The world’s leading biotechnology group, Amgen, saw its earnings for the third quarter more than quadruple, but shares in the group slipped in after-hours trading as investors concentrated on sales largely coming in under par.
The company recorded a net profit of $967 million dollars, or $0.77 a share, versus $236 million, or $0.18 per share, for the like, year-earlier quarter, which was hit by exceptional charges of $554 million relating to its acquisition of Tularik for $1.3 billion [[30/03/04b]]. Excluding special items, Amgen earned $0.85 a share, beating Wall Street analysts' expectations by $0.30 per share.
Earnings were also boosted by a robust growth in sales, which grew 19% to $3.05 billion, though many products failed to hit their targets for the period.
The group’s anaemia drug Aranesp (darbepoetin alfa) turned in an enviable performance, leaping 38% to $840 million, but this was marred by the fact that it significantly undershot analysts’ expectations of around $860 million, giving rise to concern that its particularly impressive sales in the second quarter [[20/07/05d]] were just a one off and not an indication of future growth.
Combined revenues from the white blood cell boosters Neulasta (pegfilgrastim) and Neupogen (filgrastim) climbed 17% to $882 million. But sales practices surrounding the products are currently under the microscope, as Amgen's close rival Johnson & Johnson has filed a suit accusing the firm of antitrust violations regarding the drugs and Aranesp [[14/10/05d]]. The US healthcare heavyweight claims that Amgen has captured 66% of the chemotherapy market because it forces cancer clinics wanting price breaks on Neulasta and Neupogen to buy Aranesp, though Amgen has strongly denied any wrongdoing. Whether this will affect any of the product’s performances over the coming quarters remains to be seen.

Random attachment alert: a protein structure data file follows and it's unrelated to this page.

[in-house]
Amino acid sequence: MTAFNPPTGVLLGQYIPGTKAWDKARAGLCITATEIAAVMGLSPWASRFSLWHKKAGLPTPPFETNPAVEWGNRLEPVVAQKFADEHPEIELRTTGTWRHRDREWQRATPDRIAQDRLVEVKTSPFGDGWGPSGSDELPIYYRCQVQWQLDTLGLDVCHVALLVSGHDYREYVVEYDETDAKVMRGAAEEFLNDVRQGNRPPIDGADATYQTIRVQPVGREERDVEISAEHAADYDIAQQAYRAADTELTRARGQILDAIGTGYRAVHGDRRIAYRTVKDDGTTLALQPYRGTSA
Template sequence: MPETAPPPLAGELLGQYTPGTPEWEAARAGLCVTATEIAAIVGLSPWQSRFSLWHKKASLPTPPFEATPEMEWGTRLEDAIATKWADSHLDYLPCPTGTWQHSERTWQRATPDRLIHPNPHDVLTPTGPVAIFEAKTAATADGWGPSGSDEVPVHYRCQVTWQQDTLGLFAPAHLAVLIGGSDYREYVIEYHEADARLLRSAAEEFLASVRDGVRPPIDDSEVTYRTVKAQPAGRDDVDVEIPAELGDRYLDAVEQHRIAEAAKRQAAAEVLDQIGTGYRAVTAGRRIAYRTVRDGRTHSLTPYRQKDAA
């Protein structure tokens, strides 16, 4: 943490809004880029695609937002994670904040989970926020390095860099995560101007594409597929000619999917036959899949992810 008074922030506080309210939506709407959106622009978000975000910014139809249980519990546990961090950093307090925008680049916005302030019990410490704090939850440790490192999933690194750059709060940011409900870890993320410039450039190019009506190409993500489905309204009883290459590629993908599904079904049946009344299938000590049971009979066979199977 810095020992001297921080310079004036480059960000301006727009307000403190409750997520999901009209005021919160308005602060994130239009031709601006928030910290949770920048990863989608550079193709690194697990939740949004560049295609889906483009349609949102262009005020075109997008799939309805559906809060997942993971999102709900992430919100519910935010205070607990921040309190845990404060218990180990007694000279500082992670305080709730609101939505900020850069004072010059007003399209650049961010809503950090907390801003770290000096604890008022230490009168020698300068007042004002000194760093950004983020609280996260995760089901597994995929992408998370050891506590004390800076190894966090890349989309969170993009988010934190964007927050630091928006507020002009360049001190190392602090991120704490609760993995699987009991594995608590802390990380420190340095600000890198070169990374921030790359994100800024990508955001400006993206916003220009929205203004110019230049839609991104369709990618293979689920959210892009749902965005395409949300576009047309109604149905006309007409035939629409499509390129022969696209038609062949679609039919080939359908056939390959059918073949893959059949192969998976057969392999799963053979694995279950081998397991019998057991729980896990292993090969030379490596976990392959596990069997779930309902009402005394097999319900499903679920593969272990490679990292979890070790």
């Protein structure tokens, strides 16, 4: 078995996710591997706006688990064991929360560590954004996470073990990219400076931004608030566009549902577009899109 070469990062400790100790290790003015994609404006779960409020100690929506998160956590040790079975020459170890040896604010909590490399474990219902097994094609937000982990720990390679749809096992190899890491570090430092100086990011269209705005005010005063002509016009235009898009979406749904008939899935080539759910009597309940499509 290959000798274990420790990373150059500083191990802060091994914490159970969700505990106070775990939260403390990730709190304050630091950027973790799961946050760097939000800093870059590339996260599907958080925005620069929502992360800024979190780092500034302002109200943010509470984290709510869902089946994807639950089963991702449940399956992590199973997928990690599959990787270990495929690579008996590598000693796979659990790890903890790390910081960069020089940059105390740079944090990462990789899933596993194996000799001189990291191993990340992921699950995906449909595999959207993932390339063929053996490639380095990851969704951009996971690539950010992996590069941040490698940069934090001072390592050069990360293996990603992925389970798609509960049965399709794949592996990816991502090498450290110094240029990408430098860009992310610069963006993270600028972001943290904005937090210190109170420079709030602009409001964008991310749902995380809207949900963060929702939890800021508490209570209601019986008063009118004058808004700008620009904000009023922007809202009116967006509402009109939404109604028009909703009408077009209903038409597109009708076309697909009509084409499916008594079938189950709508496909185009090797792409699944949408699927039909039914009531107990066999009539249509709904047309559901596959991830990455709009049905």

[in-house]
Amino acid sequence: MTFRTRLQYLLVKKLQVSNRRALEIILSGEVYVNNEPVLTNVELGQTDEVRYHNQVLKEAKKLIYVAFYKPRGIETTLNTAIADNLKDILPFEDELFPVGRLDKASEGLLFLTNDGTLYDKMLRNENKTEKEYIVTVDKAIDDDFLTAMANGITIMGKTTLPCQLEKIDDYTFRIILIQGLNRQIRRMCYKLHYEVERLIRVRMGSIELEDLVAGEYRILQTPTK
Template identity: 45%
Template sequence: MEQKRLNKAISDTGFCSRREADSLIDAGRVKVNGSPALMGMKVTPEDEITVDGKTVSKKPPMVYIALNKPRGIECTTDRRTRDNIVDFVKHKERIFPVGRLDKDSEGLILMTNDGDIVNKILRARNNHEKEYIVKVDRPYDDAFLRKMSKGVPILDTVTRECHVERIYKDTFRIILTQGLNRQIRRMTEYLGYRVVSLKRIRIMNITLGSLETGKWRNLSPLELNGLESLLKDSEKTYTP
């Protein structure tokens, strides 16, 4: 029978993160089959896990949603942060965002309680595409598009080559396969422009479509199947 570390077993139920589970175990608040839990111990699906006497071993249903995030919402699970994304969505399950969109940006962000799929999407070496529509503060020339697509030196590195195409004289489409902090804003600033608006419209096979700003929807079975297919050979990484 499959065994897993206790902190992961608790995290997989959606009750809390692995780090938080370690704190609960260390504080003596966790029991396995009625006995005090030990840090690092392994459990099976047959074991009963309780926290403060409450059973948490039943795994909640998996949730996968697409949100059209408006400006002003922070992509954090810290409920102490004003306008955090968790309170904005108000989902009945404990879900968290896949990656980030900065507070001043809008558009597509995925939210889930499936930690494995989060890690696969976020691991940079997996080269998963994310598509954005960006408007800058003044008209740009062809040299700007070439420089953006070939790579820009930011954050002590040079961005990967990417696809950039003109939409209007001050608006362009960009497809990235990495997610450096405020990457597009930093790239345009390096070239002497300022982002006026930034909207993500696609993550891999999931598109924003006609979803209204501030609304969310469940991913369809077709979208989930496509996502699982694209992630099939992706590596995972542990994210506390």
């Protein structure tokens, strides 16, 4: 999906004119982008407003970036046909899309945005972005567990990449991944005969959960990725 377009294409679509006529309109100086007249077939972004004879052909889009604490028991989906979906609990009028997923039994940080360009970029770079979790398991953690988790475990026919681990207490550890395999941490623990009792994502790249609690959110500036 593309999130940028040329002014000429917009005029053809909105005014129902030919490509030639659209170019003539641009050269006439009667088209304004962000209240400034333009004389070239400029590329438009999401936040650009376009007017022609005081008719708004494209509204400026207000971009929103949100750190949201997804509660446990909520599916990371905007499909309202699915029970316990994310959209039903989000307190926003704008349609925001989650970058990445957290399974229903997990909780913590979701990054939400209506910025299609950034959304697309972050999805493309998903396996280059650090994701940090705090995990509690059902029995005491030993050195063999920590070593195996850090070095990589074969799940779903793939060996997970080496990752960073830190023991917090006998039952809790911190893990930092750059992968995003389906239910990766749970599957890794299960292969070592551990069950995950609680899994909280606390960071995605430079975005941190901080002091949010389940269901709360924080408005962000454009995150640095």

Sales of the arthritis/psoriasis agent Enbrel (etanercept) also did well, turning in growth of 35% to $668 million, beating its target of $665 million. But a large chunk of other key drug products fell short Wall Street’s predictions, including Aranesp’s predecessor Epogen (epoetin alfa), which dropped 12% to $599 million.
The firm has reiterated its full-year prediction for revenue growth in the mid-to high-teens and earnings of $3.10 to $3.20 per share, but its stock still slipped 6% to $73.60 in after-hours trading, following a close of $78.09 on the Nasdaq.